Reintroduction and The Lorax

I am the Lorax. I speak for the trees. / I speak for the trees, for the trees have no tongues.

Dr. Seuss, The Lorax, originally published in 1971.
Dr. Seuss, The Lorax, originally published in 1971.

Dr. Seuss’ classic tale The Lorax from 1971 is frequently used in environmental education to stress the ecological benefits of forests (the Truffula trees and their fruits), ill-effects of pollution (those poor Humming-Fish gulping gunk and Swomee-Swans sucking in smogulous smoke), and what can happen if we get too greedy (everyone doesn’t actually need a thneed). Hannes Bergthaller in Nature in Literary and Cultural Studies has argued that The Lorax is an allegory of postmodern ecology: rather than a plea for nature-centered values, the story cannot help but argue in the language of human values. In other words, rather than “Thneeds are what everyone needs”, the story posits that “Truffula trees are what everyone needs.” While these messages may not be picked up by young children — Ian Marshall’s charming story of his 2-year-old thinking the Super-Axe-Hacker is the coolest part is a case in point — and some have complained that teaching environmentalism through books rather than going outdoors diminishes environmental education, The Lorax as environmental tale is a powerful one.

But most of the scholarship on The Lorax fails to read the very last page of the book. On this page, we get to the real crux of the story: The Once-ler gives the boy a Truffula seed, “the last one of all!” And with it, the boy is asked to

Plant a new Truffula. Treat it with care. / Give it clean water. Feed it fresh air. / Grow a forest. Protect it from axes that hack. / Then the Lorax / and all of his friends / may come back.

The final message is about ecological restoration. Although guaranteeing good growing conditions for the trees is vital, the anti-industrial, anti-pollution message of the rest of the book is not in focus at the ending. Rather, here the message is that the way forward is restoration, planting the trees again.

But the restoration proposed by Dr. Seuss is “A build it and they will come” proposition. This type of restoration, labeled by Robert Hilderbrand et al. as the Field of Dreams myth, assumes that if you put the structure of an ecosystem back, all the components will fall into place. In this case, plant the Truffula trees and the Lorax and friends will have a habitat to return to. But as Hilderbrand et al. point out, this may or may not happen, ecosystems may not self-organize in the ways we think they will. So the Lorax and friends may or may not come back.

Dr. Seuss does not suggest that the boy go find the Brown Bar-ba-loots or Swomee-Swans and relocate them to the new Truffula forest, but this might be exactly the response of contemporary conservationists and scientists. I’ve been reading Jon Mooallem’s Wild Ones, which has brought the extent of reintroduction efforts into focus. In Part 3, Mooallem traces the history of efforts to reintroduce the whooping crane to the southeastern US. Operation Migration has been hand-raising chicks and training them to follow people in white suits and their ultralight gliders along their migration route. The project, in operation since 2001, has built up a flock of 100 or so whooping cranes migrating between Wisconsin and Florida. This is an incredibly labor-intensive project with migrations taking months each year.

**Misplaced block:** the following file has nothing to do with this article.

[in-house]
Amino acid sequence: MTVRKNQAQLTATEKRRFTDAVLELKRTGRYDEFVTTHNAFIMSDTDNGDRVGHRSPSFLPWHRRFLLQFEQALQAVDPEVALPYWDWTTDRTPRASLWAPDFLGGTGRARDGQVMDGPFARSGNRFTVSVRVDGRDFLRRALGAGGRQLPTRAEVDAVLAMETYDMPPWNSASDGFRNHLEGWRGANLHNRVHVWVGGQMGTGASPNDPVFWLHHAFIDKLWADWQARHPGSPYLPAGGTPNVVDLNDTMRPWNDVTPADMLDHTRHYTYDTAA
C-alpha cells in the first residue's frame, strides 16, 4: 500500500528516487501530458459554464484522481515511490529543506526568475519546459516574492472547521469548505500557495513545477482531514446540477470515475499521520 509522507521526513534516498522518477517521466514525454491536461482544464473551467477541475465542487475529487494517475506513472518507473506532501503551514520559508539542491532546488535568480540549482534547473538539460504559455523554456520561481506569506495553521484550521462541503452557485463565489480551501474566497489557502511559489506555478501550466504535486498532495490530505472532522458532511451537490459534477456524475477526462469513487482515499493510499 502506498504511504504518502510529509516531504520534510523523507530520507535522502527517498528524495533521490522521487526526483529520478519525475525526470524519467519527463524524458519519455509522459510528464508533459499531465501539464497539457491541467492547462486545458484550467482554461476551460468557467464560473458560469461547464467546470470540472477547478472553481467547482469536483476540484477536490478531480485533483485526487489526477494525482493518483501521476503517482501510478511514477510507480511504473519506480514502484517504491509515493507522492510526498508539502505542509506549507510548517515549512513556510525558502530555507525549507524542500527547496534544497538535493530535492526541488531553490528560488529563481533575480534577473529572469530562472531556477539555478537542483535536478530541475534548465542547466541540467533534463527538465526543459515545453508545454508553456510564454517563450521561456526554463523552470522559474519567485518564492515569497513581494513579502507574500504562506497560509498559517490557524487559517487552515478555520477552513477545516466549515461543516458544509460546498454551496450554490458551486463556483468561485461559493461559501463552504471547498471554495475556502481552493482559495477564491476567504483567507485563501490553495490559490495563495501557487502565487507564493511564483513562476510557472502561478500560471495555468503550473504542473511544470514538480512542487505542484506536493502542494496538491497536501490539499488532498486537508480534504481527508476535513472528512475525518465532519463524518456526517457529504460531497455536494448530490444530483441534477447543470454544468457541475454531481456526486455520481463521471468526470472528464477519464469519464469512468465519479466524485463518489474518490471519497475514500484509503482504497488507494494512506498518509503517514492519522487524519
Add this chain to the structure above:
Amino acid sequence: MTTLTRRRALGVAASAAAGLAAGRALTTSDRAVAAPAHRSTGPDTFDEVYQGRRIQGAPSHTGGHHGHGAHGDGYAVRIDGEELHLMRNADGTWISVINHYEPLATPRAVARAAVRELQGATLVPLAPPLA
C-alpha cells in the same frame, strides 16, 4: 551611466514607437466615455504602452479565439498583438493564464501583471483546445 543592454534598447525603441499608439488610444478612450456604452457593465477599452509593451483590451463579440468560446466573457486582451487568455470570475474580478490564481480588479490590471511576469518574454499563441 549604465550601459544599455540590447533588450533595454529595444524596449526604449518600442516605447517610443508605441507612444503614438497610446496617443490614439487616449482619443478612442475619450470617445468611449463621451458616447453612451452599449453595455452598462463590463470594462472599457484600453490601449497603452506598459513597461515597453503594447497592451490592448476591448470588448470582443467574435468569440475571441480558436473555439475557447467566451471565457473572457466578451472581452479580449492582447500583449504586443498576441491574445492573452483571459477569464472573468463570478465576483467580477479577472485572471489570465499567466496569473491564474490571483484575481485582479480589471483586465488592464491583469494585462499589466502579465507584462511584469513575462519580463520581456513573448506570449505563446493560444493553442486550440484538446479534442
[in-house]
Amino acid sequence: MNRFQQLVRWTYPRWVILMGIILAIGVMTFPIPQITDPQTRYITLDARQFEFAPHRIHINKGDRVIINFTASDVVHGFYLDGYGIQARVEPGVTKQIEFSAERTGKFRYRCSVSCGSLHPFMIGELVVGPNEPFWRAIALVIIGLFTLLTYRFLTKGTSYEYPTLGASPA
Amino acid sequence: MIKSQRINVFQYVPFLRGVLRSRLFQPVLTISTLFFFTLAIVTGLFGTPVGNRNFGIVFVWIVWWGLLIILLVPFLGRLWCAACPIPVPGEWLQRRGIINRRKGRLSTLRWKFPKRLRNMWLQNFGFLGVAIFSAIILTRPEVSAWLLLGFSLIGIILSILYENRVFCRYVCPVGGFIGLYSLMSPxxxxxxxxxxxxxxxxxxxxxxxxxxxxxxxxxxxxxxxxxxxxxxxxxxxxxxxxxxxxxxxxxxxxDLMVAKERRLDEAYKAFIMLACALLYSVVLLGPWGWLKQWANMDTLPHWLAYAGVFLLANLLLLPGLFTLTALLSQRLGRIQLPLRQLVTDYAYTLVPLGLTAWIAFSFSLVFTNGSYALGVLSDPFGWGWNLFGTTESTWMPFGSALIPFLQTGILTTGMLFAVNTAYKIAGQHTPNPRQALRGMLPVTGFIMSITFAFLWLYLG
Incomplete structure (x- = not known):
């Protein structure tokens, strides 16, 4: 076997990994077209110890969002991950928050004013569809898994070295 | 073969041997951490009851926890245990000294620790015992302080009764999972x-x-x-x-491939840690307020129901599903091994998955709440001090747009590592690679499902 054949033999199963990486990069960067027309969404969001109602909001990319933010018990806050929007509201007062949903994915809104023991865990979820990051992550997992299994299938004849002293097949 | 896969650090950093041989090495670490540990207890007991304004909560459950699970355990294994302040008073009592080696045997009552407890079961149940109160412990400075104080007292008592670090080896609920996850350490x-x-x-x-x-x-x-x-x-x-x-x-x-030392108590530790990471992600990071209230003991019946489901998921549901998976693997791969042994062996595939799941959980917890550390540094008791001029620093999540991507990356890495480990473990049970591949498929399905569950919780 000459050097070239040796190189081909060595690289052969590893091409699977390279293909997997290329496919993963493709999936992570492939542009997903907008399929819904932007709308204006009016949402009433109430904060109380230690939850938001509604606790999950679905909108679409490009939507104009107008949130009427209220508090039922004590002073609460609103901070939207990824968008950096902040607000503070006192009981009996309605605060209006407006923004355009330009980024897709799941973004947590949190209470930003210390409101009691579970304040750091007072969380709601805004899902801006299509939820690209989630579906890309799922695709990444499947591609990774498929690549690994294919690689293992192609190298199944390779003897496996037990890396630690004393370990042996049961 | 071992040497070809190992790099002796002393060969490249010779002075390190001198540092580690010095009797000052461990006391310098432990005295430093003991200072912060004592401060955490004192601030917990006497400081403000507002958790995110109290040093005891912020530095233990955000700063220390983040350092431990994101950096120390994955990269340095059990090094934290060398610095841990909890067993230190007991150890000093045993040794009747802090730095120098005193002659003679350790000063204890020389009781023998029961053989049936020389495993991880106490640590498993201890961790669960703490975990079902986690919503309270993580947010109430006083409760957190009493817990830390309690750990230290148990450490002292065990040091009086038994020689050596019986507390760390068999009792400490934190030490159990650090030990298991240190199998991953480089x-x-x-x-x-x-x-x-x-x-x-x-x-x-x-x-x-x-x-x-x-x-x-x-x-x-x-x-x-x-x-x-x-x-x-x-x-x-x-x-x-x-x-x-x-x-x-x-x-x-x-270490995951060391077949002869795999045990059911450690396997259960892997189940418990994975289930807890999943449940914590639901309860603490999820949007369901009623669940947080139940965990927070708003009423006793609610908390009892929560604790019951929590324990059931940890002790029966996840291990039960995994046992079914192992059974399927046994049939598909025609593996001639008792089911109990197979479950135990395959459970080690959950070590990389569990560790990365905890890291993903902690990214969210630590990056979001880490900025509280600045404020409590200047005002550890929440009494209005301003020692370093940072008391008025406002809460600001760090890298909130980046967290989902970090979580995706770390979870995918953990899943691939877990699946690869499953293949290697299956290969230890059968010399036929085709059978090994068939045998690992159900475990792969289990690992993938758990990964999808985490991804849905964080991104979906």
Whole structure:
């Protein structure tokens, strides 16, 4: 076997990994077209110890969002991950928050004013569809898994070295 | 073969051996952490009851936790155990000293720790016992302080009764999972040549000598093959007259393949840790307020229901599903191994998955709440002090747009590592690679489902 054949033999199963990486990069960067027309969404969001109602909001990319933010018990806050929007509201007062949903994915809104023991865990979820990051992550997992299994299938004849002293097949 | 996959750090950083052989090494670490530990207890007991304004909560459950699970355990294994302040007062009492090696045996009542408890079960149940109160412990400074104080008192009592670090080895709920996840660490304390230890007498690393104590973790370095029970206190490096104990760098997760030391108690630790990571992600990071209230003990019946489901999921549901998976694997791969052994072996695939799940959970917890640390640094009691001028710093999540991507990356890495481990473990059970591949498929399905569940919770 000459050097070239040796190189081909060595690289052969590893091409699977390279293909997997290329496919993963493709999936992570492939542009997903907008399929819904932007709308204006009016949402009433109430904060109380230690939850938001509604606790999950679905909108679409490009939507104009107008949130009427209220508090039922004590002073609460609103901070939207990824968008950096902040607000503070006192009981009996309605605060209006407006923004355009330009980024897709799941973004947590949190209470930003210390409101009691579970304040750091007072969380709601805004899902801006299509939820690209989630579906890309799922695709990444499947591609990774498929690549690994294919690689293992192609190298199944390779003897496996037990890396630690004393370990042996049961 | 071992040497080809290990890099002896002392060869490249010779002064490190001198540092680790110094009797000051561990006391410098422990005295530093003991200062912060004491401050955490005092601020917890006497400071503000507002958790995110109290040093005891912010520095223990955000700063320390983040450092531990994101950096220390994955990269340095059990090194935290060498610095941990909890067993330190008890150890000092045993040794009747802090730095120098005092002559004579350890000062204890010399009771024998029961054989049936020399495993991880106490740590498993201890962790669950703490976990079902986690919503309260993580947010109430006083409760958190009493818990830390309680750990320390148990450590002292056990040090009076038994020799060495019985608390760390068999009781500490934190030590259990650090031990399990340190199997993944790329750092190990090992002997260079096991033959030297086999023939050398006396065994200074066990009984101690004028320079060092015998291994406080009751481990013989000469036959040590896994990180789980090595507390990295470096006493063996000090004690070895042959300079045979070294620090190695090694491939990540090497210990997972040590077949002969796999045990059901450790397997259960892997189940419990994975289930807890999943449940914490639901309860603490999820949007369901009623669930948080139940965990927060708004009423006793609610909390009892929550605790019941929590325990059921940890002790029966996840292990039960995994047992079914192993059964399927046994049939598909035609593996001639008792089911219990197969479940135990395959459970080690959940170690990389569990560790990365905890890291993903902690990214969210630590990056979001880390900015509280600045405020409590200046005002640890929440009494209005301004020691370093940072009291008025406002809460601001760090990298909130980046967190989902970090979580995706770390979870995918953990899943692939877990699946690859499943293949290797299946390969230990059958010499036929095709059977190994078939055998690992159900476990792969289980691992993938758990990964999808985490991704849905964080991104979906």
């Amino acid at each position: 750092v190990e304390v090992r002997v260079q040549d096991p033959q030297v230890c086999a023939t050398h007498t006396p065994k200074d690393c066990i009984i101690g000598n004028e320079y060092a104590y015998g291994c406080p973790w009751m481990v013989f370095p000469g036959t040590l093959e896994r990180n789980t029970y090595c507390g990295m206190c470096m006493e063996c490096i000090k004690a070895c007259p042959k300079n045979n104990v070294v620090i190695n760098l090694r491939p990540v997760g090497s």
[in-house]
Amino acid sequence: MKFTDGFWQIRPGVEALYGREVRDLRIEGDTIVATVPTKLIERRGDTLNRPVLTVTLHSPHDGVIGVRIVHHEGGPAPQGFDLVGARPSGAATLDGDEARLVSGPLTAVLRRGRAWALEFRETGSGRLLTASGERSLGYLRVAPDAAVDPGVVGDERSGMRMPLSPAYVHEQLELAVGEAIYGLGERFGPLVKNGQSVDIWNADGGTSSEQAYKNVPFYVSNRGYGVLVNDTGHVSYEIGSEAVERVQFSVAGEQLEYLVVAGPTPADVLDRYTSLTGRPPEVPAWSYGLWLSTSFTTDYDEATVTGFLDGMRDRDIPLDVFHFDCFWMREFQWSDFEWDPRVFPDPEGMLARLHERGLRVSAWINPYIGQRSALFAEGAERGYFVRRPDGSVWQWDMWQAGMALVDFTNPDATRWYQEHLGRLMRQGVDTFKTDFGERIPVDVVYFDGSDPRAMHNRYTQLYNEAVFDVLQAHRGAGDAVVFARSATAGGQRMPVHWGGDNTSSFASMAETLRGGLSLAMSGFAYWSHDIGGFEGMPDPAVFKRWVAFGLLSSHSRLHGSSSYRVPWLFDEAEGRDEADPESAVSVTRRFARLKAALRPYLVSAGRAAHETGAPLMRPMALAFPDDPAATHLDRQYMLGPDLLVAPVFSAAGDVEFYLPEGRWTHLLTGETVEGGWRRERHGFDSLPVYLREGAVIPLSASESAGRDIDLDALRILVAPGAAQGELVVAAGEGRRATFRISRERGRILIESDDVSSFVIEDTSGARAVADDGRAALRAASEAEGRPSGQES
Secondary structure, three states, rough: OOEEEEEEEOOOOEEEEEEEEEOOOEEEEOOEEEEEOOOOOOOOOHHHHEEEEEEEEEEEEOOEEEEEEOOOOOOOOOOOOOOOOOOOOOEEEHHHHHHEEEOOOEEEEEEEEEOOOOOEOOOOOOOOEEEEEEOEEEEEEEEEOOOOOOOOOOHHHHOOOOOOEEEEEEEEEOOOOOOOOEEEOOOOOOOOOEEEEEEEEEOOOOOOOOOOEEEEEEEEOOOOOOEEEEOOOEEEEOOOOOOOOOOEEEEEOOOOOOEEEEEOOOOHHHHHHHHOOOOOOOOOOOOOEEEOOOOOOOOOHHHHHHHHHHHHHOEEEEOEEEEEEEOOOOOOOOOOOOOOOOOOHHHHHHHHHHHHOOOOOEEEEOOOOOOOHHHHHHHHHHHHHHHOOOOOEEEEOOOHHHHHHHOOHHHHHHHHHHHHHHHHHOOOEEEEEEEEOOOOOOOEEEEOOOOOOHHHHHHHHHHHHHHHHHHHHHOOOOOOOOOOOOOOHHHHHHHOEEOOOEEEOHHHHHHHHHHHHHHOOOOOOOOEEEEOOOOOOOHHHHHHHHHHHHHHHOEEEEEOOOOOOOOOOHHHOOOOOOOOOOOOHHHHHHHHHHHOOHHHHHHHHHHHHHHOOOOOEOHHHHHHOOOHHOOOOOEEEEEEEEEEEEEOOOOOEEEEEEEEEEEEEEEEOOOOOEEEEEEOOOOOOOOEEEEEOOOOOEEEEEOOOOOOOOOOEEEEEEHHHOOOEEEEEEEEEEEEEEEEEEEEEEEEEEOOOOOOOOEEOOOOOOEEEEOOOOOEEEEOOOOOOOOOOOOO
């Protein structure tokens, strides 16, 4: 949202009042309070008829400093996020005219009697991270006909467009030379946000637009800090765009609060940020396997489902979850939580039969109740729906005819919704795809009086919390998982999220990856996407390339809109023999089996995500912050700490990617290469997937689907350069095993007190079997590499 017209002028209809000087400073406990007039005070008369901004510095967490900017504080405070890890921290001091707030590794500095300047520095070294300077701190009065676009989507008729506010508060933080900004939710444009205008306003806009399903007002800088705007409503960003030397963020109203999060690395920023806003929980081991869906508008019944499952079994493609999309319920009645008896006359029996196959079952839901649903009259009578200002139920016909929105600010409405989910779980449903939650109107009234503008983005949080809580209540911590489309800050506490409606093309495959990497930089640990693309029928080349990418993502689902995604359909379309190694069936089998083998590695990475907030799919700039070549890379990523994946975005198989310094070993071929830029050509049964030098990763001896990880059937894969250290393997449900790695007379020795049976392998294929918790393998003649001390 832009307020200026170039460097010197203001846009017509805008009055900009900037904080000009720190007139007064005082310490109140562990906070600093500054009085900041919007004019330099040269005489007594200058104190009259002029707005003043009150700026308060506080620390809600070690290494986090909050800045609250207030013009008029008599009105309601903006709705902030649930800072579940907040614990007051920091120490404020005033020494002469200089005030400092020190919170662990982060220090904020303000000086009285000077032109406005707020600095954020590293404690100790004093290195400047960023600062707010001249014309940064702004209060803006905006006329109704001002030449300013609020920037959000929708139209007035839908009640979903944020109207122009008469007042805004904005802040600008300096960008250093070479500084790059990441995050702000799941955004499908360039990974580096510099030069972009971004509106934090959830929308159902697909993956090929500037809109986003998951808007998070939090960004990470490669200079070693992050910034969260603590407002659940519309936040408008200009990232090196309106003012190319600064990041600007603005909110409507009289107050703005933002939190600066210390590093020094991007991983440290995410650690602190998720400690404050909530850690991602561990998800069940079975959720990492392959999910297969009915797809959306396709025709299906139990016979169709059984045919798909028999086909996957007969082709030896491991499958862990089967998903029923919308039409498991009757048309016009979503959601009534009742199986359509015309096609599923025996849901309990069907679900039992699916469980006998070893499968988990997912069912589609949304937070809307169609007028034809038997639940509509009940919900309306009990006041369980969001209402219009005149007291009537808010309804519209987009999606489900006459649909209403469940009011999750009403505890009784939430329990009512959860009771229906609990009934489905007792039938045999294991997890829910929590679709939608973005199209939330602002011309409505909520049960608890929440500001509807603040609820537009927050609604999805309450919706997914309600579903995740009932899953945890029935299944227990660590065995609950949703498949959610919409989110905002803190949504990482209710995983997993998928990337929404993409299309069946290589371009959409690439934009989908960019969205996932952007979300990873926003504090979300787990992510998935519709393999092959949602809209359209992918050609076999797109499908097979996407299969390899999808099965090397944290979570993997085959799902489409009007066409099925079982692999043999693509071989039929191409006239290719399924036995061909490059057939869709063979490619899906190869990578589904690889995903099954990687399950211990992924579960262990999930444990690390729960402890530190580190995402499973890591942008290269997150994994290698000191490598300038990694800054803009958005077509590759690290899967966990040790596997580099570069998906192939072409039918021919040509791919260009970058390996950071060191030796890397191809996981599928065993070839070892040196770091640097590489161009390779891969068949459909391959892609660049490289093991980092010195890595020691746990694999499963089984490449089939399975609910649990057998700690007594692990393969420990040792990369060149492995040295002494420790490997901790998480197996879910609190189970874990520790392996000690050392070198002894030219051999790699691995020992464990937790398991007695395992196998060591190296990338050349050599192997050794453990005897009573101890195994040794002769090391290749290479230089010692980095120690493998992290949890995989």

The whooping crane reintroduction has not adopted the “built it and they will come” mentality, but they may be falling into another of the traps Hilderbrand et al. identified: the Sisyphus Complex. Sisyphus in Greek mythology was doomed to roll a boulder up a hill, which would only roll back down forcing him to start over, for all eternity. Hilderbrand et al. argue that restoration projects that fixate on fixing the symptoms rather than the underlying problems end up in the same place, continually battling a stone that crushes them. Operation Migration faces this kind of uphill battle. Although a southeastern migrating population has been established, chicks born to these migrating parents has been extremely rare, so there is no natural population increase. The only way to keep the birds there is to raise more chicks and train them with an ultralight to fly to their winter home. On top of that, there hasn’t been that much effort put into the major cause of the whooping crane decline – the loss of their wetland habitats.

Mooallem’s tale of the cranes makes me wonder if we are trying too hard, trying to control too much. Would it be better to adopt the Lorax strategy and just plant the trees (or the wetlands in this case) and let the birds find them in their own time? Or in a case related to my own research, would beavers have eventually migrated from Norway to Sweden on their own if appropriate habitats had been made available? Of course, that type of reintroduction takes time and it assumes that the animal or fish or bird can actually find and travel to the habitat, which may not be a simple matter.

In Dr. Seuss’ story, the Lorax claims to not only speak for the trees, but also the animal life. It is the Lorax who sends away Brown Bar-ba-loots to find food, the Swomee-Swans to find clean air, and the Humming-Fish to find clean water. So if at the end of The Lorax, the boy is responsible for planting the trees, he should be responsible for bringing back the wildlife as well. They had been relocated by the Lorax to survive in the face of an industrialized landscape, and would need help to return to the Truffula forest. Perhaps it is not good enough to say “Then the Lorax / and all of his friends / may come back” — we need to make sure that they do.

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